IT’S a moment forever etched in the psyche of a nation.
On March 19, 1932, in front of a crowd of more than 300,000 people, Francis De Groot upstaged NSW Premier Jack Lang’s grand opening of the Sydney Harbour Bridge when
he galloped in on horseback and cut the ribbon with a ceremonial sword.
Captain De Groot now holds a notorious place in Australian history, but few know what ever became of the ribbon.
Tamworth businessman John Swift might just have the answer.
Mr Swift, whose grandfather, Edmund Swift, was the undersecretary for the NSW Minister of Works at the time, believes he could be in possession of the fascinating piece of primary source history.
A stretch of the ribbon, which was given to his grandfather on the day, has been handed down to Mr Swift and is currently in high-security storage in Sydney.
“I’ve known we’ve had it since I was a kid but since my father died in 2012, it’s been in my possession,” Mr Swift said.
“It’s such an important part of Sydney’s history.
“The Harbour Bridge is so iconic and it’s one of the most photographed structures in the world.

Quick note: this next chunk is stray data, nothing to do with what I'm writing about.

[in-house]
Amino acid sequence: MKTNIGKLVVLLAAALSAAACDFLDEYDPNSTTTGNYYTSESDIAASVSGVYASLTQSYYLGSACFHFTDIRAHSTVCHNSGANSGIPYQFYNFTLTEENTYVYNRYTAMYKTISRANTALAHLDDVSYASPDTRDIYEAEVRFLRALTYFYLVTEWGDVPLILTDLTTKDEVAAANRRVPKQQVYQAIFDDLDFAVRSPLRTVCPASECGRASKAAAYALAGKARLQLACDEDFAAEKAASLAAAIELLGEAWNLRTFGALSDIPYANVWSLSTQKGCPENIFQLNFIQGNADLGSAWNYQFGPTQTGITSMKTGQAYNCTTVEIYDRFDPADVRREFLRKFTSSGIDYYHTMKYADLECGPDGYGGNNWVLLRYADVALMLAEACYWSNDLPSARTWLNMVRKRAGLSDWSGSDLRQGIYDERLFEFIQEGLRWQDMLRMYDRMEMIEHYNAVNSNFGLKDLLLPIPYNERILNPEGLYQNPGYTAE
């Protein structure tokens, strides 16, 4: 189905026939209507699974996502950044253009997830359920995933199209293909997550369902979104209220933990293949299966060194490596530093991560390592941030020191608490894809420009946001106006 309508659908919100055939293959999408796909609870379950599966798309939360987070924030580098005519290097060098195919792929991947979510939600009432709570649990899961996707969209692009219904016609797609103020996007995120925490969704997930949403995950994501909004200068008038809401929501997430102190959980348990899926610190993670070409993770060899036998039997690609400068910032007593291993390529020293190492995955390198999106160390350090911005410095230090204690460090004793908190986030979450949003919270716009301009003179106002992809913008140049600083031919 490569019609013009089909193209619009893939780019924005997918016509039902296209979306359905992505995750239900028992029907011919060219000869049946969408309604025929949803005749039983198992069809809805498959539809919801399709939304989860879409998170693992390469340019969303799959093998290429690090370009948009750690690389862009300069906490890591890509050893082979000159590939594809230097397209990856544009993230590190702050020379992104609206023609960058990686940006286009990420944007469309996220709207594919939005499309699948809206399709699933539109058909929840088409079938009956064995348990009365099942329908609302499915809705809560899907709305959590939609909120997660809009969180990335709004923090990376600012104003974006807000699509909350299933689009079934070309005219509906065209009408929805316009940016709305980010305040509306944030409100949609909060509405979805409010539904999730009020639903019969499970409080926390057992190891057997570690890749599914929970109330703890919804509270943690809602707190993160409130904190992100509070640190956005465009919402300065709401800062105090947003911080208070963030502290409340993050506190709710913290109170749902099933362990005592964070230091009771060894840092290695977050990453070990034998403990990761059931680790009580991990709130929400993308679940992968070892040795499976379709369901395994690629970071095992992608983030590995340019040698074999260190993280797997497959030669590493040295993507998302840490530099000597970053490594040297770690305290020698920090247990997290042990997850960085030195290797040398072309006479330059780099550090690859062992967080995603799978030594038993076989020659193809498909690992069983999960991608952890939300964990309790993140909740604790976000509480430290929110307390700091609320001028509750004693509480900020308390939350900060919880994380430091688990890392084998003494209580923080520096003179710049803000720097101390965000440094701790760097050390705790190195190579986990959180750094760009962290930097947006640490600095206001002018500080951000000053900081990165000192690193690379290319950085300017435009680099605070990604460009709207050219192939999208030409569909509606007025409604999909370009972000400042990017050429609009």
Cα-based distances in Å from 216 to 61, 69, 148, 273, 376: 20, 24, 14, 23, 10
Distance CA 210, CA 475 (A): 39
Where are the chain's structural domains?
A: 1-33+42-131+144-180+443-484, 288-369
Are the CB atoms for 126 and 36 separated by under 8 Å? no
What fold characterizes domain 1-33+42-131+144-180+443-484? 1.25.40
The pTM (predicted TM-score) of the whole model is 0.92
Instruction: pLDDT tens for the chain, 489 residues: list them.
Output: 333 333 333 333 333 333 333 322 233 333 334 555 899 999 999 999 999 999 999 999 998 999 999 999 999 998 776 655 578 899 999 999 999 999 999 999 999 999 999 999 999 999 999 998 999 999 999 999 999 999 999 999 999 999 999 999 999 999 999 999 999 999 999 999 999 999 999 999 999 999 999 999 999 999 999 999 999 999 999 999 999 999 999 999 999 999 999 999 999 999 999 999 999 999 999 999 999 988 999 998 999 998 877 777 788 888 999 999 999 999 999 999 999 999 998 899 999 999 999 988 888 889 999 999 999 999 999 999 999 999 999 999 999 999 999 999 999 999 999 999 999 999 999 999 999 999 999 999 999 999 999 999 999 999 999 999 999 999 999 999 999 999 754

“It identifies Australia to the rest of the world.”
Written on the ribbon are the words: “Sydney Harbour Bridge Official Opening. 19th March, 1932”.
Mr Swift said he had “absolutely no doubt” it was part of the same ribbon slashed by de Groot, part of a right-wing paramilitary organisation disillusioned with the “progressive” Lang government.
“It’s part of the main ribbon, I have absolutely no doubt about it,” Mr Swift said.
“From my understanding there was only one ribbon and they just sewed it back together once it was cut.”
He said he had spoken to experts from Sydney’s Powerhouse Museum and they were confident it was the real deal.
Mr Swift remains undecided about what he will do with the ribbon.
“I just thought it’s such an important part of history that people should at least be aware it’s about,” Mr Swift said.